29-year-old woman survives stroke in two areas of the brain.

29-year-old woman survives stroke in two areas of the brain.

Overcoming Challenges: A Stroke Survivor’s Journey of Resilience


After a night of partying, 29-year-old Bethany Moeddel woke up feeling nauseous and had a pounding headache. Assuming it was just a typical hangover, she pushed herself to get through the day, as it was an important occasion – her boyfriend’s younger brother’s first communion. However, the ill feeling persisted, and fearing she might vomit in church, Bethany left and sat in her car, with the door open due to the heat.

Little did she know that this decision would change her life forever.

Bethany’s next memory is of hearing a paramedic’s voice asking if she had a living will. Surprised by the question, she inquired if she was going to die. The paramedic couldn’t provide a certain answer, which only exacerbated Bethany’s anxiety. Two days later, she regained consciousness in a hospital intensive care unit, unable to move her left side. Her best friend was by her side, explaining that she had suffered two strokes, both on the right side of her brain, caused by blood clots. One clot was near her forehead, while the other was behind her ear. In that moment, Bethany’s world turned upside down.

Confusion, anger, and irritation overwhelmed Bethany as she struggled to comprehend what was happening around her. The doctors repeatedly asked her to perform simple tasks, like raising her arm, but she couldn’t fathom the severity of her situation. Paralyzed on her left side, she spent about a week and a half in the ICU, followed by two months in an inpatient rehabilitation center.

As the time for discharge approached, Bethany found herself faced with a choice: a nursing home or moving back home with her parents, who were en route from Cincinnati, her hometown, to support her through this difficult period. Anticipating a quick recovery, Bethany initially envisioned being “back to normal” within a few weeks. However, the reality of her new circumstances gradually sank in. That was 15 years ago.

Now 44 years old, Bethany has defied expectations one step at a time. Though she still experiences partial paralysis on her left side, she has regained the ability to walk unassisted, climb stairs, and drive. Despite her physical challenges, Bethany has remained resilient and found ways to lead a fulfilling life.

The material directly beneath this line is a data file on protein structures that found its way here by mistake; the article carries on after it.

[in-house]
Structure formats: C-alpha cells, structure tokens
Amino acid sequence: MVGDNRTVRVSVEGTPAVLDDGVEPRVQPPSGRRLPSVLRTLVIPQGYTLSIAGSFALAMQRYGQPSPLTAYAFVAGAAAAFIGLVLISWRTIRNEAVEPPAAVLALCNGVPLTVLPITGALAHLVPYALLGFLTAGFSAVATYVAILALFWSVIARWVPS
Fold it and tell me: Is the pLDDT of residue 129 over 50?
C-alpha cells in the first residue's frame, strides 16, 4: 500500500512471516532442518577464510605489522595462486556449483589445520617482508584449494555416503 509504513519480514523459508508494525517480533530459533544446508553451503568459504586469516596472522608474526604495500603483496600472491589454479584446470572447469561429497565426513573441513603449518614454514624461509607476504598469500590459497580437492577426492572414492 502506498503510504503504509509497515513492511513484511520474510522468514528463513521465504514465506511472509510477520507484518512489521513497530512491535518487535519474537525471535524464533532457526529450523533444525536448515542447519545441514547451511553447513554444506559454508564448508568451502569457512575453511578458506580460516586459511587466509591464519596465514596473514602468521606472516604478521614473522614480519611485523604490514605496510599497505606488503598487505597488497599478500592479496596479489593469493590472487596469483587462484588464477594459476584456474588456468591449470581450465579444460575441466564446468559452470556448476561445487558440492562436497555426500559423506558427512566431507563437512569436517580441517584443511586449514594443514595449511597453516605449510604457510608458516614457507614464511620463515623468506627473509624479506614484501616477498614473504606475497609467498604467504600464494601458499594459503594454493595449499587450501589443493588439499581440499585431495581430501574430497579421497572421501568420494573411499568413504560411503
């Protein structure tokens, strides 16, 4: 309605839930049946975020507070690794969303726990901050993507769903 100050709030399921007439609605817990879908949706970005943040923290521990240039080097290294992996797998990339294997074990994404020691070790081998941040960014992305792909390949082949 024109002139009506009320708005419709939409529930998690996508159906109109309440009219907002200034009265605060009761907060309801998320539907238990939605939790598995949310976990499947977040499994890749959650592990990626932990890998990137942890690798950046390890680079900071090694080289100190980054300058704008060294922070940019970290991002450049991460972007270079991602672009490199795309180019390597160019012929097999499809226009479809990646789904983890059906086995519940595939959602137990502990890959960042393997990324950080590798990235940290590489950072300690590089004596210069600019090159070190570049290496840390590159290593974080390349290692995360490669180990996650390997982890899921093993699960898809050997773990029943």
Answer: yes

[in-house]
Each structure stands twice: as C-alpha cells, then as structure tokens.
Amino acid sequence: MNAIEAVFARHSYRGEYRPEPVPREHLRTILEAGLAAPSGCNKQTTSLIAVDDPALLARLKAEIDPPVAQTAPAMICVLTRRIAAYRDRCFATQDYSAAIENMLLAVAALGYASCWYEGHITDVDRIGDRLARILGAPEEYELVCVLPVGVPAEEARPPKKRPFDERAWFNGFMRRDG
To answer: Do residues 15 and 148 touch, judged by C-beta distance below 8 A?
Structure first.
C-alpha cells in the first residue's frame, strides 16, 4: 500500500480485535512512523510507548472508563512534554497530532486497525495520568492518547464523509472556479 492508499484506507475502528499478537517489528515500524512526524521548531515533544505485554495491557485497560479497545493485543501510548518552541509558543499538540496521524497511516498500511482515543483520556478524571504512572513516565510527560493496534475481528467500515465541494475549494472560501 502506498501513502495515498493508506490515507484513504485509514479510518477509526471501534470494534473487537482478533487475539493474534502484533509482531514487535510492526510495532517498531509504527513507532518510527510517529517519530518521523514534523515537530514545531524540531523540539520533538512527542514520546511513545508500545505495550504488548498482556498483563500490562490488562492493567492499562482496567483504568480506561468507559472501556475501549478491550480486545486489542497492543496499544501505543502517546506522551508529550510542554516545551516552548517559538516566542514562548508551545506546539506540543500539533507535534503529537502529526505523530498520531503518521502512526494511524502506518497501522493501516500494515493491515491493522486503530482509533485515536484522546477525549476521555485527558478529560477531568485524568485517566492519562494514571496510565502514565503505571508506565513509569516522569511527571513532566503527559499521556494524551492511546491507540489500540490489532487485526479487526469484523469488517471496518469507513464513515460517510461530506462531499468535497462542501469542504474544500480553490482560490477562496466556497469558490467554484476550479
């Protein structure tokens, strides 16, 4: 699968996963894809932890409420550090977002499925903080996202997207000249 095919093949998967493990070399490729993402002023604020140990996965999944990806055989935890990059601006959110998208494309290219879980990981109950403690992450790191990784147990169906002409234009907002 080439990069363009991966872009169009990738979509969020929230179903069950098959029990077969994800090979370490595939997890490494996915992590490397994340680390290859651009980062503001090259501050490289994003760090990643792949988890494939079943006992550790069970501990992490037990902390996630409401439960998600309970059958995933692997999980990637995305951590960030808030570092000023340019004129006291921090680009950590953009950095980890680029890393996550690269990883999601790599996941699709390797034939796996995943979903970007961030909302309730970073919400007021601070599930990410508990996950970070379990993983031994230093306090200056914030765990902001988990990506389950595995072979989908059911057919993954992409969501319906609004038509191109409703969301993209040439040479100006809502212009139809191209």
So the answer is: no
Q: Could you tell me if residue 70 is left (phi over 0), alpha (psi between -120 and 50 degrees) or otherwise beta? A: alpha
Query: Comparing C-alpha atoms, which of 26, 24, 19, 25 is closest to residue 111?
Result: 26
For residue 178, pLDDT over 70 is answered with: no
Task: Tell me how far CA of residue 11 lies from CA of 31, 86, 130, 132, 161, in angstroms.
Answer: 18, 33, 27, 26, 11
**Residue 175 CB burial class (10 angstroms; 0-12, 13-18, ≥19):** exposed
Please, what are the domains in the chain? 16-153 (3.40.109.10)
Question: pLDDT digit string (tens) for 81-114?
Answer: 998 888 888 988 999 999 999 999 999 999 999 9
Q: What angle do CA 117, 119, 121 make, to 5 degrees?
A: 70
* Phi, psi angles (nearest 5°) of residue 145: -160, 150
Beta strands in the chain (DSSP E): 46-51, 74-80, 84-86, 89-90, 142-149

Several years after her stroke, Bethany attempted to return to New Jersey but eventually realized that Cincinnati was where she truly felt at home. She purchased a condominium in the same building as her mother, after her father passed away in 2012.

Following her stroke, Bethany adapted her career path. Initially juggling multiple jobs while pursuing a paralegal degree, she now works remotely, providing customer service via e-mail and live chat. Bethany’s journey toward acceptance and resilience has also led her to volunteer with the Greater Cincinnati Stroke Consortium, where she visits schools to educate children about stroke symptoms. Additionally, she has found motivation in events like the American Heart Association’s Cincinnati Heart Mini-Marathon & Walk, using them as milestones to push herself beyond her perceived limitations. Last year, Bethany proudly completed over 8 miles, and this year, she came close to achieving a similar feat.

Her mother, Ruth Moeddel, acknowledges the role reversal they now face, with Ruth becoming the caregiver for her adult daughter. Having already lost a son to COVID-19, Ruth understandably fears for Bethany’s health. However, she praises her daughter as tough and resilient, highlighting the extraordinary progress she has made since leaving the rehabilitation hospital.

Bethany’s journey serves as a testament to the power of resilience and determination in the face of unexpected challenges. Although her life took an unexpected turn that fateful day, she has refused to let her stroke define her. Bethany’s story reminds us that with the right mindset and support, one can triumph over adversity and find new purpose and joy in life.

American Heart Association News covers heart and brain health. Not all views expressed in this story reflect the official position of the American Heart Association. Copyright is owned or held by the American Heart Association, Inc., and all rights are reserved.

By Kellie B. Gormly, American Heart Association News


SLIDESHOW: What Happens After a Stroke? Signs, Symptoms, Types

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